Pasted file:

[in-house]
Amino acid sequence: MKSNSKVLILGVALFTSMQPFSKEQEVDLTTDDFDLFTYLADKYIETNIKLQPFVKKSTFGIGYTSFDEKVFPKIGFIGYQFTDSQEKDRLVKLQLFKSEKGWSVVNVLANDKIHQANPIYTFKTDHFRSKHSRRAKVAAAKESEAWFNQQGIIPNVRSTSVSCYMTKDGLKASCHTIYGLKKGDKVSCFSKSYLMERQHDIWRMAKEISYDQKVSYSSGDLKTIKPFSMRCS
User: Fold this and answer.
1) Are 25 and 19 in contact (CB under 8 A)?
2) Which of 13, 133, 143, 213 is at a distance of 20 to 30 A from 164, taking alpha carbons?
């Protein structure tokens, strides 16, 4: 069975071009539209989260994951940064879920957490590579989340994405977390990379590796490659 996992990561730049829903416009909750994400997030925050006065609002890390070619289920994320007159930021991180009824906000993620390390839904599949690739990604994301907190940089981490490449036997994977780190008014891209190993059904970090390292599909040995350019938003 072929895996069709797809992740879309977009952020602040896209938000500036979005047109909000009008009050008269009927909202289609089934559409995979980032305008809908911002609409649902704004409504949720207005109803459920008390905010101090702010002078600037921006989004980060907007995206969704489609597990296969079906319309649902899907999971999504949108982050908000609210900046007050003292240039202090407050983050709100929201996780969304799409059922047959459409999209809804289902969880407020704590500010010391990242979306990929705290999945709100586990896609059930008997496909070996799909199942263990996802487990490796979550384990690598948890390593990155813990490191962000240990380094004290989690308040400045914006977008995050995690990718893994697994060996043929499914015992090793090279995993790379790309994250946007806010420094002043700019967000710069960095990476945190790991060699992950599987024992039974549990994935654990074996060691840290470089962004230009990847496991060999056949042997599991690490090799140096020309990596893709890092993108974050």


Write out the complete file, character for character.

[in-house]
Amino acid sequence: MKSNSKVLILGVALFTSMQPFSKEQEVDLTTDDFDLFTYLADKYIETNIKLQPFVKKSTFGIGYTSFDEKVFPKIGFIGYQFTDSQEKDRLVKLQLFKSEKGWSVVNVLANDKIHQANPIYTFKTDHFRSKHSRRAKVAAAKESEAWFNQQGIIPNVRSTSVSCYMTKDGLKASCHTIYGLKKGDKVSCFSKSYLMERQHDIWRMAKEISYDQKVSYSSGDLKTIKPFSMRCS
User: Fold this and answer.
1) Are 25 and 19 in contact (CB under 8 A)?
2) Which of 13, 133, 143, 213 is at a distance of 20 to 30 A from 164, taking alpha carbons?
């Protein structure tokens, strides 16, 4: 069975071009539209989260994951940064879920957490590579989340994405977390990379590796490659 996992990561730049829903416009909750994400997030925050006065609002890390070619289920994320007159930021991180009824906000993620390390839904599949690739990604994301907190940089981490490449036997994977780190008014891209190993059904970090390292599909040995350019938003 072929895996069709797809992740879309977009952020602040896209938000500036979005047109909000009008009050008269009927909202289609089934559409995979980032305008809908911002609409649902704004409504949720207005109803459920008390905010101090702010002078600037921006989004980060907007995206969704489609597990296969079906319309649902899907999971999504949108982050908000609210900046007050003292240039202090407050983050709100929201996780969304799409059922047959459409999209809804289902969880407020704590500010010391990242979306990929705290999945709100586990896609059930008997496909070996799909199942263990996802487990490796979550384990690598948890390593990155813990490191962000240990380094004290989690308040400045914006977008995050995690990718893994697994060996043929499914015992090793090279995993790379790309994250946007806010420094002043700019967000710069960095990476945190790991060699992950599987024992039974549990994935654990074996060691840290470089962004230009990847496991060999056949042997599991690490090799140096020309990596893709890092993108974050």